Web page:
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Start Thinking Summer Drinking

By Alex Russell on November 8, 2012 in Food

It’s almost summer – time for barbecues, picnics and general outdoor mayhem. So who’s drinking what?

Beer and cider (I recommend giving Sunshack a try) are always popular choices, as is the perennial wine favourite of Sauvignon Blanc (either the Kiwi stuff, or the Semillon Sauvignon Blanc blends), but what other options do you have?

Generally you’ll want something with some clean, crisp flavours, something with relatively high acid, lower alcohol, not a lot of oak treatment and perhaps even a bit of sweetness or spritziness.

Dry White Styles

Semillon will always be a winner here. For those on a budget, Peter Lehmann’s Semillon Blanc (about $12) is always a winner, while the sensational Hunter styles from the likes of Thomas Wines, Brokenwood or Tyrrell’s (and many others) will go perfectly with those prawn sangers.

Drier Riesling styles are also good. It’s hard to go past something from the Clare, or perhaps Eden Valley here. Mitchell wines are always seen as sensational by those in the know, but many punters don’t seem to have heard of them. O’Leary Walker, Petaluma and many others will also fit the bill, as will Clonakilla (Canberra). Generally, you’re in the $20-25 bracket here.

I’ve written about Vermentino before, and you can pick up a few around here for a song. They might be a little difficult to find, but if you see one on a wine list or in a bottle shop, definitely try it.

If you’re a Chardonnay fan, try the unwooded styles (Chapel Hill, West Cape Howe, etc.) or give Chablis a go. And if you’ve got a little bit more to spend, try the Ocean Eight ‘Veuve’ Chardonnay (about $38). The grapes here are picked early, meaning higher acidity and very crisp flavours. It’s a belter and it’s getting great reviews everywhere.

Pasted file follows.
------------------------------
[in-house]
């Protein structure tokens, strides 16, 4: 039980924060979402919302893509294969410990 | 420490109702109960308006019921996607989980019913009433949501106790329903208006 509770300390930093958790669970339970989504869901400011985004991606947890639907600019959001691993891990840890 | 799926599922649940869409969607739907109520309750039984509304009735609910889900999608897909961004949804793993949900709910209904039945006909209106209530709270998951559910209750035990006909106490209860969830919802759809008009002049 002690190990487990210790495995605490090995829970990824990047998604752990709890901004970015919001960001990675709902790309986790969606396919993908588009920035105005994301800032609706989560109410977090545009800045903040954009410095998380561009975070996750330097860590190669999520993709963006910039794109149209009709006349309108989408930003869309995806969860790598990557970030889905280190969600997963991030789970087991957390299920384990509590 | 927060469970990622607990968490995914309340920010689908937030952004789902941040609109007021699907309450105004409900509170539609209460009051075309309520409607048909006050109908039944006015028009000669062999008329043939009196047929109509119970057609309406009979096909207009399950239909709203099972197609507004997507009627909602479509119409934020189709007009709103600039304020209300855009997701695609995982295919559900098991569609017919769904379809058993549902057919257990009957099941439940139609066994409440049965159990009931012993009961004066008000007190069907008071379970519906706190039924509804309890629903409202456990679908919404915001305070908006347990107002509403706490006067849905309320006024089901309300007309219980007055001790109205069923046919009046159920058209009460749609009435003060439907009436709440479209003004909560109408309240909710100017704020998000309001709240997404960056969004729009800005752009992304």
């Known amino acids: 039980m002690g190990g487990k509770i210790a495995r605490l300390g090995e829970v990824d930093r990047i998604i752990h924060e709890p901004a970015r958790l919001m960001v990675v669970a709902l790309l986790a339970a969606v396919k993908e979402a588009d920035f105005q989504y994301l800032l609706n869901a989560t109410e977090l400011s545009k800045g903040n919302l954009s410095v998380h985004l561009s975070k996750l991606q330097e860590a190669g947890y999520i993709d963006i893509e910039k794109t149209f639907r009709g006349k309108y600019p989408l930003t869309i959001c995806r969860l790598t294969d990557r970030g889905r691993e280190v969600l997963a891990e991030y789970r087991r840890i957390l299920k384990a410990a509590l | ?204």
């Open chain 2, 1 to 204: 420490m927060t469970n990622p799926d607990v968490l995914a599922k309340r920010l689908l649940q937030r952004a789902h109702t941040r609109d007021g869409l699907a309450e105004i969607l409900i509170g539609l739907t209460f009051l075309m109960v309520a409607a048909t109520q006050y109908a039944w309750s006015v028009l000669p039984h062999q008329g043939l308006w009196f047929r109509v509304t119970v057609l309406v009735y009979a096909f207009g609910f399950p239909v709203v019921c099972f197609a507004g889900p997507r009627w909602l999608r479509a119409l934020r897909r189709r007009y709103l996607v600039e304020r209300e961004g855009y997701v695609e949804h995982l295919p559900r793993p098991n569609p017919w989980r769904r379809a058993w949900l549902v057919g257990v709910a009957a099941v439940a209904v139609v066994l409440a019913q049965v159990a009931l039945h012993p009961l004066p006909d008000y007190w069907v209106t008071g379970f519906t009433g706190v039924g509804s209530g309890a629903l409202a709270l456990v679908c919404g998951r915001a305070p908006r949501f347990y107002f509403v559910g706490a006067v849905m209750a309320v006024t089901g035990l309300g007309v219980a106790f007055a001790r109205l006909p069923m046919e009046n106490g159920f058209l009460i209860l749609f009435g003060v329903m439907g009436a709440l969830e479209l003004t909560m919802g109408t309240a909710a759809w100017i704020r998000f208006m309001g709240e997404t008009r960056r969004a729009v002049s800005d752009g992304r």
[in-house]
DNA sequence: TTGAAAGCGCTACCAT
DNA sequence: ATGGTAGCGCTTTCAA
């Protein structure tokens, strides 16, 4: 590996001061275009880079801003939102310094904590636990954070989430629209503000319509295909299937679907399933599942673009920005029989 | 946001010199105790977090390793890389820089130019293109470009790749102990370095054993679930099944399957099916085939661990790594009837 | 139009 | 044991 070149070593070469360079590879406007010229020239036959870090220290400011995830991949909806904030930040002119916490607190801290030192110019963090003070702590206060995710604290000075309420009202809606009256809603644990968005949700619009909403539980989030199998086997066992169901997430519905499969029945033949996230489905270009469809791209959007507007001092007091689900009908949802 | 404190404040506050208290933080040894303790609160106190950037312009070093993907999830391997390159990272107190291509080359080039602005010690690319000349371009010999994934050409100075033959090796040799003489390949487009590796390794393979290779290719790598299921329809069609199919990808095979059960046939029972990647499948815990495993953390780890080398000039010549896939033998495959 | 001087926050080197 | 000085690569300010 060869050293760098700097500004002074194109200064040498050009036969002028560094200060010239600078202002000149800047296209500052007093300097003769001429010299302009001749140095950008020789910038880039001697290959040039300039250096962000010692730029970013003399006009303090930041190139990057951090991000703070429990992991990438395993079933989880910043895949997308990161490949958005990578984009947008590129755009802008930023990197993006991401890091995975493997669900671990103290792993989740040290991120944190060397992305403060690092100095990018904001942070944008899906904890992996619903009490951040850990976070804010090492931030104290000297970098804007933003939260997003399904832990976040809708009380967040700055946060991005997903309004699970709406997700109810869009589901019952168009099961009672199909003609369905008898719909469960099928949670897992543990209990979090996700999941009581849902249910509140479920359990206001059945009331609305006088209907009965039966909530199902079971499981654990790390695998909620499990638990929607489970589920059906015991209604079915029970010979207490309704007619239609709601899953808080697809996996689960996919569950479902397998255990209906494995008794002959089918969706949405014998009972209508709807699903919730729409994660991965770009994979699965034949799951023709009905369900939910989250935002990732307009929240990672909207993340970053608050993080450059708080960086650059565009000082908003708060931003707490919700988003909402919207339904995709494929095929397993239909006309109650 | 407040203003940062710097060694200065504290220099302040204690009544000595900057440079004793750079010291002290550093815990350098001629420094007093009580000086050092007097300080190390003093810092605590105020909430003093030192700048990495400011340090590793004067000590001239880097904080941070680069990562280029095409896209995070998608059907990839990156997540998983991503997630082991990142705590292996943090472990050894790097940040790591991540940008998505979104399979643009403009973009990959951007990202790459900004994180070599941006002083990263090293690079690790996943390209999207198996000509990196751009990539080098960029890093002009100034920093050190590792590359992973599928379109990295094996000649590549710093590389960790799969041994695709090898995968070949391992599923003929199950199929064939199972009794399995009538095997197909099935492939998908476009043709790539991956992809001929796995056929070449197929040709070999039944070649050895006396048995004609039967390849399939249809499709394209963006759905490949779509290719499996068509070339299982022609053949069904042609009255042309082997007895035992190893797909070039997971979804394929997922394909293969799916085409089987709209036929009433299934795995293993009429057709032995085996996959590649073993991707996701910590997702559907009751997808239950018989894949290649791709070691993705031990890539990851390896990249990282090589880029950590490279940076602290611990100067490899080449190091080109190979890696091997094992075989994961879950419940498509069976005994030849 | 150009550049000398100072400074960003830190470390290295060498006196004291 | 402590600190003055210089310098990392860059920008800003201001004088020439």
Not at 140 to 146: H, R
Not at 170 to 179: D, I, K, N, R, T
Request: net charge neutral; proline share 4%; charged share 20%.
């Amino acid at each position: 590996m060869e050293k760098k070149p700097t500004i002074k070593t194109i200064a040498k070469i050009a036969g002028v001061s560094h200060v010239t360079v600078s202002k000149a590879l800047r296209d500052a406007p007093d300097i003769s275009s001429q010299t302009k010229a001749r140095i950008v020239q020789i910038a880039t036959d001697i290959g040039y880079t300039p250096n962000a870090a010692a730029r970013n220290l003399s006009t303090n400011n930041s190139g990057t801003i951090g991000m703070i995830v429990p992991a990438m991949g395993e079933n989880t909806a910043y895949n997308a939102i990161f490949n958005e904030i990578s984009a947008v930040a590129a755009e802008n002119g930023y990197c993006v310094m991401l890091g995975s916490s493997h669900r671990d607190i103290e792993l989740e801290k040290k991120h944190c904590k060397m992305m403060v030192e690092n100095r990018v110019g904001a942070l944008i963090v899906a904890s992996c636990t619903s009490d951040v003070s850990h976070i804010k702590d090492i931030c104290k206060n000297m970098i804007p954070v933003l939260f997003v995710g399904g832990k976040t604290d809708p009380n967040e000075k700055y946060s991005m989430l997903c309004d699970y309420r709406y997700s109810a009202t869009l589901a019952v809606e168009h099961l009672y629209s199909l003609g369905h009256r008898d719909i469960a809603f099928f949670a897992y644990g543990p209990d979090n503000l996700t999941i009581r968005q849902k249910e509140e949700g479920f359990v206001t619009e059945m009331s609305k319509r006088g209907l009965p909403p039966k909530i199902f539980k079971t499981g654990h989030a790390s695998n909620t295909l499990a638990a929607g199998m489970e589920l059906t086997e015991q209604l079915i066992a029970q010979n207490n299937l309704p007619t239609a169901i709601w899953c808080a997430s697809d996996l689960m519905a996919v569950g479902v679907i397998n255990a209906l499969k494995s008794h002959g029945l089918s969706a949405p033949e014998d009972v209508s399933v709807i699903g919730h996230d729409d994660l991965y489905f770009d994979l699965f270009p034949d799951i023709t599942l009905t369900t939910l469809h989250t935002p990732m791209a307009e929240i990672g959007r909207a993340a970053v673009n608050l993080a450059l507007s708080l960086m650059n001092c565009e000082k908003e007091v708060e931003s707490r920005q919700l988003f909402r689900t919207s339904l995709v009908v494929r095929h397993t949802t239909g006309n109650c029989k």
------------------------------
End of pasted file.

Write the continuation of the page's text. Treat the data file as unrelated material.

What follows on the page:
There are plenty of options, but stick with the drier styles and drink them young. And don’t serve them too cold or you’ll lose some of the more subtle flavours.


Moscatos generally have a slight spritz, lower alcohol (5-8%) and come in pink or white, so can suit all crowds. You can get Italian styles but there are some pretty good examples from Australia these days, such as Innocent Bystander and Two Hands. Prices range from $12ish (e.g. Yellow Tail) up to $20ish and beyond. Some also come in smaller bottles (500mL or 375mL), which are perfect for those who don’t want to drink a lot.


Still want to drink red? No worries. Go for a lighter style, such as Beaujolais or Pinot Noir. You can put these in the fridge and chill them right down if you like, but remember, you’ll lose flavour this way. You’ll find Georges duBoeuf Beaujolais Villages in most bottle shops but there are plenty of other options around too.


You could always do bubbles, of course! There’s nothing quite like the sound of the cork popping out of a bottle of fizz. France is always an option and there are plenty of sparkling whites coming out of France that aren’t from Champagne and, therefore, won’t break the bank. If you still want to do Champagne, look at ‘grower’ bubbles instead of the big houses for some really interesting styles.

Italy is also an option. A lot of people are drinking Prosecco these days, which you can generally find for about $15-30. It’s great value for a dry sparkling wine. Some Australian producers are doing Prosecco too. For something different, mix it with peach nectar or Aperol.

Catch me on Twitter (@ozwineguy) and let me know what you’re drinking.